Emergency Declaration Information: What Every CDL Driver Should Know

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Emergency Declaration Information: What Every CDL Driver Should Know

The Federal Motor Carrier Safety Administration (FMCSA) works closely with a variety of states to help provide emergency services when and where they’re needed. If a natural disaster or other type of emergency threatens people or renders them in need of basic supplies, truck drivers and other commercial drivers have the option of rendering aid and taking on loads of food, water, first aid supplies, and other items that people in emergency or disaster areas might need. When aid of this kind is needed, states will issue an emergency declaration. Your rendering of aid is always voluntary, but if you decide that you want to help in these situations, here’s what you should know.

Your Participation is Voluntary

Responding to emergency declarations is entirely up to you and is your personal choice. Your trucking company cannot force you to render aid, nor can they use forced dispatch to make you carry a load to an emergency area. There may be a number of reasons why a commercial driver doesn’t want to render aid. Perhaps you would be adversely affected by seeing those in distress. Maybe you’re sick or you’ve worked too many hours and you don’t think you can transport the load safely. Whatever the reason, you cannot be forced to carry a load to an area affected by an emergency, so don’t ever feel like you have to say yes. Assuming you want to render aid, though, you will be aided by the temporary revocation of certain safety laws.

Which Laws Are You Exempt From During the Haul?

Emergency situations are clearly unique. They are time-sensitive and require immediate attention. Most of the time, supplies need to get there quickly, and certain regulations might hamper the expediency of a haul. For instance, limiting the number of hours you drive or limiting what you can carry might mean that you can’t get the emergency supplies to their intended location in a timely manner. For that reason, certain laws have been suspended for those rendering aid to areas affected by an ongoing emergency.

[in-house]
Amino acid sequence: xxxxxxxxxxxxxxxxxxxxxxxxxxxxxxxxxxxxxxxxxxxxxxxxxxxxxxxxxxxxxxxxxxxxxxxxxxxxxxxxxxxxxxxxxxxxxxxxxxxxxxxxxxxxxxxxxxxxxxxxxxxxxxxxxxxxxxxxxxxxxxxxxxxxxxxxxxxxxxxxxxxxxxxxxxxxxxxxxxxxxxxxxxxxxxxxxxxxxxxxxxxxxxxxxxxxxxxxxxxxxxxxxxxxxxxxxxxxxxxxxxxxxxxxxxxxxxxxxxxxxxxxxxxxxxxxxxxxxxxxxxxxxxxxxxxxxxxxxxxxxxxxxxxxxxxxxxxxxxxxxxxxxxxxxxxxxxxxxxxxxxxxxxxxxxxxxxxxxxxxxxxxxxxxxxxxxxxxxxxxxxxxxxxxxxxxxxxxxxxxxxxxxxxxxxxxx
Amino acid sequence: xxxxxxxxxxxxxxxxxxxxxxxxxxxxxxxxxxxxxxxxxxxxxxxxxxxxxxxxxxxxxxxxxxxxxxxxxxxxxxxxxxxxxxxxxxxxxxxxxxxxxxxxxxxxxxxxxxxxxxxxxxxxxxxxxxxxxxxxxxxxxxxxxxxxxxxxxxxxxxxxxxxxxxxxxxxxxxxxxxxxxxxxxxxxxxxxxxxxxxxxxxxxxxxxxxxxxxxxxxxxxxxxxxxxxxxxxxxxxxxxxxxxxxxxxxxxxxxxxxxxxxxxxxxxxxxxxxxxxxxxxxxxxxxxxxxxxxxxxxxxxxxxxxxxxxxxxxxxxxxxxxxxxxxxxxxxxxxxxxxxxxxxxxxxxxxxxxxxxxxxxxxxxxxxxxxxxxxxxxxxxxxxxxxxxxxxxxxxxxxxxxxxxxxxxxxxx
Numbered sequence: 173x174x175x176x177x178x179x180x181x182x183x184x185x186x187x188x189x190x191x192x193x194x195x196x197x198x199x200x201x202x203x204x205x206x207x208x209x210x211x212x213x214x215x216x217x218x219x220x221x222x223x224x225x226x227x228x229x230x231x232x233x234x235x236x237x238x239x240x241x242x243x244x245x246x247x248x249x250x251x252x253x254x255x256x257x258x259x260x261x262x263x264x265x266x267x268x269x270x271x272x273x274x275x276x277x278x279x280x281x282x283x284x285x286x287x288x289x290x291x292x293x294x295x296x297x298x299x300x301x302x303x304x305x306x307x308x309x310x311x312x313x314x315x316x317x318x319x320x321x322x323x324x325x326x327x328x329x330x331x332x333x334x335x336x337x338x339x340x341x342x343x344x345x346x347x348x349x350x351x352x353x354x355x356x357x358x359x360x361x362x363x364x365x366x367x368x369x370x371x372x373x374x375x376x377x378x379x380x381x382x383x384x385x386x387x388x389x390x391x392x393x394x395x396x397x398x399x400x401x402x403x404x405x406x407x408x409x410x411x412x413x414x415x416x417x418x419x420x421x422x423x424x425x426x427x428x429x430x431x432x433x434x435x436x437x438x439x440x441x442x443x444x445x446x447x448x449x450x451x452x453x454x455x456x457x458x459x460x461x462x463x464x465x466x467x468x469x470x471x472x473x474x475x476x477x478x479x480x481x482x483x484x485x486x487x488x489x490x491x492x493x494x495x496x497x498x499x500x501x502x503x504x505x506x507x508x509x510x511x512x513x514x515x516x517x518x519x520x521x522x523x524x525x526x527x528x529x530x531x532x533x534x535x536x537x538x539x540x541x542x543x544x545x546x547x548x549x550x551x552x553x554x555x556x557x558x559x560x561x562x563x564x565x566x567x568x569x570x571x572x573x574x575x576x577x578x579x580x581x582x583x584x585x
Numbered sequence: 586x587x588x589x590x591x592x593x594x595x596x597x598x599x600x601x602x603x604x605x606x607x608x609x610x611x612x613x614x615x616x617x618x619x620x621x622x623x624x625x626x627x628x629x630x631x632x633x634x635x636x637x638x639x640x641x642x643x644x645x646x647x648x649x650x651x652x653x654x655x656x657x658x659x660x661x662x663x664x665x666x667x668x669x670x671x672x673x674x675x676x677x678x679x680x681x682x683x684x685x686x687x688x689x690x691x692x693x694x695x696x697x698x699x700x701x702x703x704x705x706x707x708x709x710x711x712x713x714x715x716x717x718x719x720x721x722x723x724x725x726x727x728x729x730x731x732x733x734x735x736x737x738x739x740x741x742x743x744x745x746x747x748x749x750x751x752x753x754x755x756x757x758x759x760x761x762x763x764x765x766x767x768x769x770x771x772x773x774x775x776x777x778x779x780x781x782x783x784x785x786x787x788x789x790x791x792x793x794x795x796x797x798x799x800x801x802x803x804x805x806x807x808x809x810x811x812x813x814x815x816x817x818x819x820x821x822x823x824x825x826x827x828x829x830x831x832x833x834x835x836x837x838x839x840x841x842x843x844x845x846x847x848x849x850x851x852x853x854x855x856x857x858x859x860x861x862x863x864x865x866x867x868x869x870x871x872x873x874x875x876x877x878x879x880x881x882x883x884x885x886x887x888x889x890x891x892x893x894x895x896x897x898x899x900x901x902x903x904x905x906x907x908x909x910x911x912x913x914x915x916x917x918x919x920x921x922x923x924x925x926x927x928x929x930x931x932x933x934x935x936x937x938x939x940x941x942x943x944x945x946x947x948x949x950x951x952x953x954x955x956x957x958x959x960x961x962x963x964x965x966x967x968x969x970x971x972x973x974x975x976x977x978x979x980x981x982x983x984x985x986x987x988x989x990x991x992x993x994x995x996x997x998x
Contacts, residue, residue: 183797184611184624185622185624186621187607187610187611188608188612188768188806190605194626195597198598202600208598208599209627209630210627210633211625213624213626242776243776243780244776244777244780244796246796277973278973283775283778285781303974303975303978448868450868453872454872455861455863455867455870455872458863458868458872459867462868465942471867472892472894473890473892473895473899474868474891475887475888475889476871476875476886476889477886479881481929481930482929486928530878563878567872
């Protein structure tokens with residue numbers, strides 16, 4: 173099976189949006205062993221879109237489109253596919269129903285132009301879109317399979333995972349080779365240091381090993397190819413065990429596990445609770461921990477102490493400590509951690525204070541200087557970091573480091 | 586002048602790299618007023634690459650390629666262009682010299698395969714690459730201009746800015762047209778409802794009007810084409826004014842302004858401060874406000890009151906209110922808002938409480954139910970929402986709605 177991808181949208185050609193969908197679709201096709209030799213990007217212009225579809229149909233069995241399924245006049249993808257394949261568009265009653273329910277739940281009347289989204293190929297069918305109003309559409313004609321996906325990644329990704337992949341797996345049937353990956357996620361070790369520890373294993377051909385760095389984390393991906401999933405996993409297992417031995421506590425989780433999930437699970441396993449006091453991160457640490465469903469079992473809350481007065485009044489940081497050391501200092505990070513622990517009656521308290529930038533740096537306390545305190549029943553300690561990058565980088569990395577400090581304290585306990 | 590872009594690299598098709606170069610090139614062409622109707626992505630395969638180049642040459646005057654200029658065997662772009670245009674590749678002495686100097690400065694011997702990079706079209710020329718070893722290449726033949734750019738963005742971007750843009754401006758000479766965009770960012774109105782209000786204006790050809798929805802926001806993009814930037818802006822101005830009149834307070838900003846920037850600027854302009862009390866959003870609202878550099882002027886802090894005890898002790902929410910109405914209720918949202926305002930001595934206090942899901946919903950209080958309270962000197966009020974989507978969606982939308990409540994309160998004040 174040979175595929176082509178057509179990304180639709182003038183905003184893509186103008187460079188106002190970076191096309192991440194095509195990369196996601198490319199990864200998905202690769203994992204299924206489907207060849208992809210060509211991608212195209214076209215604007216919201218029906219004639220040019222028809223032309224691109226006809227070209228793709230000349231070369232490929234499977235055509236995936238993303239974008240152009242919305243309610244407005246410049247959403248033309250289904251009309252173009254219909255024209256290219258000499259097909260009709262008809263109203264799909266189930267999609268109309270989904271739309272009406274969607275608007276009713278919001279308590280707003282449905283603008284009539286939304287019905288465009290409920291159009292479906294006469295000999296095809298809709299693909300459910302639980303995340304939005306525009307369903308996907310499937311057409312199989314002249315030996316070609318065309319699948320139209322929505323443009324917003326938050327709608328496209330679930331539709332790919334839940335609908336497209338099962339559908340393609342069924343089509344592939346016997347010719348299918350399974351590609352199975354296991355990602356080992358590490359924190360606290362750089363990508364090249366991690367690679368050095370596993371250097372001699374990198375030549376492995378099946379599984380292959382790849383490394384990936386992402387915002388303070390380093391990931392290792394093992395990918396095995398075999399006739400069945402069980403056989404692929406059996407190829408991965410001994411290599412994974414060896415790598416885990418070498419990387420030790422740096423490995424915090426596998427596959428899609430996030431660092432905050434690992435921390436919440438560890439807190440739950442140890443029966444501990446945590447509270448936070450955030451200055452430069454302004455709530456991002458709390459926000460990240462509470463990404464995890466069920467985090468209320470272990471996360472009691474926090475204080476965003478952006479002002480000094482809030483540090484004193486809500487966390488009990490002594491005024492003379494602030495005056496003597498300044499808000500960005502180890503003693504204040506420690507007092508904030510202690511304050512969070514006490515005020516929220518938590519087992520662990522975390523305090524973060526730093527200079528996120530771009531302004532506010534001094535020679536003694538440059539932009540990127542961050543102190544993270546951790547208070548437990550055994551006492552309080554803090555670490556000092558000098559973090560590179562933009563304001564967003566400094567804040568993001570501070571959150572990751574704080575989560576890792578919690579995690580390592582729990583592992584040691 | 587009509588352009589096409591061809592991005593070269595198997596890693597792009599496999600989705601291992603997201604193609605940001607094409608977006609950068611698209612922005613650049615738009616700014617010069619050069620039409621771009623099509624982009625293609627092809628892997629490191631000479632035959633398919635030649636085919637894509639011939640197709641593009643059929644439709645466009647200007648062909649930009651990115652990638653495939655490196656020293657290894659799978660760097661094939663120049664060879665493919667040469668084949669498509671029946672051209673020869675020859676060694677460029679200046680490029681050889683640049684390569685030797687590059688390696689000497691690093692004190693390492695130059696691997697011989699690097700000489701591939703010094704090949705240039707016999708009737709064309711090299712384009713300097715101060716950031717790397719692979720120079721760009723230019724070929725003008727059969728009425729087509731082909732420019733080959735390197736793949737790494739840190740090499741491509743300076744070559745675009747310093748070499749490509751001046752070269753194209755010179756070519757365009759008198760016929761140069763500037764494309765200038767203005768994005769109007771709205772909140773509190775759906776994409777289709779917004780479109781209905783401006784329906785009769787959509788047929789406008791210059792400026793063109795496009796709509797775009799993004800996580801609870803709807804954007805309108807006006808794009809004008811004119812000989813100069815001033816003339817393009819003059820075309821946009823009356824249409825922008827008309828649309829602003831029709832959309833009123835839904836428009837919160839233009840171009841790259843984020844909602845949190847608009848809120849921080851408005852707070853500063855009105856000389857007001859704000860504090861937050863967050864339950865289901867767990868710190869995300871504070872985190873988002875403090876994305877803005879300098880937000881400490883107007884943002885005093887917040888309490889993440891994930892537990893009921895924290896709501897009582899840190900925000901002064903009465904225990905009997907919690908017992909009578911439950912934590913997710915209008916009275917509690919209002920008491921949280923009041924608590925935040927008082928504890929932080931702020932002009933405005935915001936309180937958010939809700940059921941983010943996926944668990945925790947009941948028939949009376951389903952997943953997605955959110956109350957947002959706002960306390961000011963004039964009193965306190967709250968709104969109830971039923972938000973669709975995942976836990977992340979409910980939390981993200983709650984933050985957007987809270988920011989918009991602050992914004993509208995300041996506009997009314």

What You’re Exempt From

The laws that exist within 49 CFR Parts 390-399. These laws cover general safety laws, hours of service, transportation of migrant workers, inspection, repair, and maintenance, parts and accessories, and driver qualifications, to name a few. You’re exempt from many of these laws during your trip to a disaster-affected area or an area undergoing an emergency situation.

What You’re Not Exempt From

While you’re exempt from certain laws that might hamper your progress and efficiency in rendering aid, you’re not exempt from other laws. For instance, you still can’t drink and drive while rendering aid. Furthermore, you still have to follow size and weight limitations, must comply with all State and Federal tax requirements, and are prohibited from transporting hazardous materials. In other words, use common sense and follow the basic safety laws that are always in effect. If you’re ever in doubt, check with your supervisor or with the FMCSA for more information.

Other Rules and Technicalities

In addition to knowing which laws you are and are not exempt from, it pays to know some of the other technicalities that exist. For instance, you can only render aid if the emergency is ongoing in order to be exempt from the various regulations mentioned above. Additionally, even if the situation is ongoing, you must be providing direct assistance in order to be exempt. In other words, if you’re taking water directly to victims, that’s acceptable, but if you’re not rendering that kind of direct aid, then you’re not exempt.

Carrying of Documentation

You do not need to carry documentation of the declaration while you’re traveling. Even if you’re traveling through states not affected by the emergency in order to render aid to the victims, you’re exempt from those rules that Federal law allows you to be exempt from while rendering such aid. You can simply tell any officer or individual who questions you, if they do, that you’re responding to an emergency declaration and tell them the state it’s in and what event it’s for. It’s likely the authorities in each state already know about it, since they are often called upon to help, as well.

Using Good Judgement

No matter what laws you are or aren’t exempt from, the law also states that you must use good judgement when you’re traveling in order to render aid. You still shouldn’t drive if you’re ill, exhausted, or in any situation where your being on the road would put others in a hazardous situation. Use common sense, and make sure it’s safe for you to be on the road while you’re traveling to administer aid to those affected by emergencies.

Administering aid and responding to emergency declarations can be a rewarding experience. However, make sure you’re using your best judgement in order to avoid accidents, injury, or unnecessary charges. If you’re charged with a traffic-related crime while rendering aid, make sure to contact a traffic attorney in the area immediately. Only an experienced attorney will be able to help you obtain the best possible outcome given your specific situation.

 

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